Two Halves Don't Make a Whole

In a marriage, two halves don't make a whole. In fact it takes two completely whole individuals to make the marriage a fulfilling union.

Young girls picture this knight in shining armor bounding into their lives and sweeping them off their feet. This wonderful knight is handsome, brave, and equipped for all of life's challenges. He exudes such strength and confidence that his lady is in awe of his prowess. His very presence makes her feel secure, loved, and beautiful, like a true princess.

Truthfully, what generally brings two opposite people together is the innate desire to be loved completely by another person. If I honestly look at what drew me to my husband, I know it was how wonderful I felt when we were together. I was so blinded by my own warm, fuzzy feelings that nothing mattered except being together.

I heard a story about a young couple who were in a premarital counseling session. As they sat starry-eyed with blissful hearts the counselor asked the young lady to write down a list of negative traits she had observed in her fiancé. She took pen in hand and after several minutes still had a blank sheet. With a smile on his face, the counselor assured her that this time next year she would have no trouble at all with her list and might in fact need a second sheet of paper.

Such is the nature of young love. It generally starts off as eros or romantic love founded on physical attraction. Before you discount this kind of love as young and immature, consider its value. Most of us would not be married today without having experienced erotic love. This type of love attracts young lovers to one another and is foundational in leading a couple to make a lifelong commitment. Erotic love allows a man and woman to physically act upon their words of love.

Phileo love, which is the kind of love shared between close friends, may be present or even develop soon after marriage. Phileo love is born and grows out of time spent together. It brings a bond between two people that causes them to prefer each other's company more than anything else.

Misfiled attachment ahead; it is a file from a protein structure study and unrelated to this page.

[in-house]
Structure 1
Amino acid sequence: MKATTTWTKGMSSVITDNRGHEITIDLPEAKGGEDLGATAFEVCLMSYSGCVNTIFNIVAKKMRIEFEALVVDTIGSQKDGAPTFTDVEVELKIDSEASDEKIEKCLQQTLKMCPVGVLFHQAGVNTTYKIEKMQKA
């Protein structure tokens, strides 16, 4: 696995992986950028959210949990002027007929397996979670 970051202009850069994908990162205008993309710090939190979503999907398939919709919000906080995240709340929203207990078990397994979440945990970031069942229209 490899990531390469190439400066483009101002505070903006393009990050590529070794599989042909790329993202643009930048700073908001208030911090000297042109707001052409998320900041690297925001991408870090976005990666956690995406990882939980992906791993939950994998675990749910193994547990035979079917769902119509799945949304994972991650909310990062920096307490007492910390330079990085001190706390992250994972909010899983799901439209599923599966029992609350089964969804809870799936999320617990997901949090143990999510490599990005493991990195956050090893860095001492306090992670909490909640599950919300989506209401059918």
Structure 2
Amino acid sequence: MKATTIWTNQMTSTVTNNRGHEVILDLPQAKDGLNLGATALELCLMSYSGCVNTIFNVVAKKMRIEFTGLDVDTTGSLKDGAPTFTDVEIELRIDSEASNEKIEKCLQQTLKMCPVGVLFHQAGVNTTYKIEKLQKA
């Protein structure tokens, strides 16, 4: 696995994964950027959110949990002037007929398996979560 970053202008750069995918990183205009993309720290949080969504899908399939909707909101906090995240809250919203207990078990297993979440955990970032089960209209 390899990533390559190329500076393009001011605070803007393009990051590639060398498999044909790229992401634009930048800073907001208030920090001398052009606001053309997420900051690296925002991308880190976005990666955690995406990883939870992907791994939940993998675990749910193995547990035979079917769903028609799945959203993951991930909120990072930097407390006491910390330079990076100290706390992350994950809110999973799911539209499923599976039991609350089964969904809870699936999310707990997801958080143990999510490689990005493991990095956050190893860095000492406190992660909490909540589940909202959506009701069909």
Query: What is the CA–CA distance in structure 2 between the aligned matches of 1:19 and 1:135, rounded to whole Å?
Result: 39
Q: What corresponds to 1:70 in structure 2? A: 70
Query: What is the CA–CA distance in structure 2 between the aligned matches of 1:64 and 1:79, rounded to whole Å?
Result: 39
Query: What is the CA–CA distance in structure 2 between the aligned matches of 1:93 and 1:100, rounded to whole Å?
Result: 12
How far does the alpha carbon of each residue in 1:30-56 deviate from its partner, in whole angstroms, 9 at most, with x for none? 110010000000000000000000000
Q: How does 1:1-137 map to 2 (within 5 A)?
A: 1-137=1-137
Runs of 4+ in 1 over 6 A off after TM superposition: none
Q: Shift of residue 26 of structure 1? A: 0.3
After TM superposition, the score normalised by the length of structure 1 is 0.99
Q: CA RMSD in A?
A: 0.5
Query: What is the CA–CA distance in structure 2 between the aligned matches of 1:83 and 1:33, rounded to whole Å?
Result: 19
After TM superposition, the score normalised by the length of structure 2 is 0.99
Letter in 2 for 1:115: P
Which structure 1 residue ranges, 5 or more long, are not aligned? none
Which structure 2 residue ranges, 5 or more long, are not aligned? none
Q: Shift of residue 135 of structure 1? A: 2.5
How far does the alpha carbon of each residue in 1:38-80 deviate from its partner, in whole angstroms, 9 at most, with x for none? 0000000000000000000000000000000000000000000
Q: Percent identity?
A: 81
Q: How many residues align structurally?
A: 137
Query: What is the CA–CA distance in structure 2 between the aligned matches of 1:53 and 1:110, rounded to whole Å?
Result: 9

Kindness can be a key element to feeding and nurturing phileo love. I heard a story of a young couple from India whose marriage was arranged by their parents. The groom was several years older than the bride. The young couple was married but it was evident to the husband that his wife was emotionally distant and was strictly performing her wifely duties because it was expected that she do so.

The wise husband desperately wanted to win the love of his young bride so he decided he would just be kind to her and treat her like a queen. He refrained from approaching her for sexual relations. He merely became her friend. Before long his young bride grew to love, admire, and desire her husband.  She blossomed into the wife of his dreams. It's amazing what kindness and friendship will produce in a love relationship.

Eros and phileo are most evident because of the strong feelings of attachment and emotional fulfillment that they bring. But neither of these kinds of love will bring into the marriage relationship what each partner is searching for. If it did our lives would be totally complete once we found our life's mate. But the staggering divorce rate is proof enough that marriage is not the answer to our life's greatest need.

The third type of love is agape love. It is the God kind of love. It is the kind of love we identify in 1 Corinthians 13. It is never rude or acts unbecomingly; it does not insist on its own rights. It is not touchy and doesn't even keep account of wrongs suffered. It bears up under all things and is ever ready to believe the best in others. Agape love never fails.

If you're like me, just reading the definition of the God kind of love makes you very aware that you don't have the capacity for such a love. That's why it's called godly love. Without the love of God in our own lives all other kinds of love will fail. Yet by receiving God's love and filling our lives with Him we not only receive agape love, but we can demonstrate this godly love to our spouses. Our capacity to love grows to a whole new level.

Knowing and understanding God's perfect love for me helps me to be fully whole. I no longer feel the need to search within my marriage for my husband to fulfill my needs. I can be complete in Christ Jesus lacking nothing. That takes all the pressure off my husband to make me happy. (I can hear him cheering now.)

One way I seek to fill my love tank with God's love is by reading and memorizing verses in the Bible on His love. I love Psalm 139. It tells of God's thoughts being on me constantly. If I continually find my fulfillment in my relationship with God then whatever happiness that comes my way through my marriage or other venues is just frosting on the cake.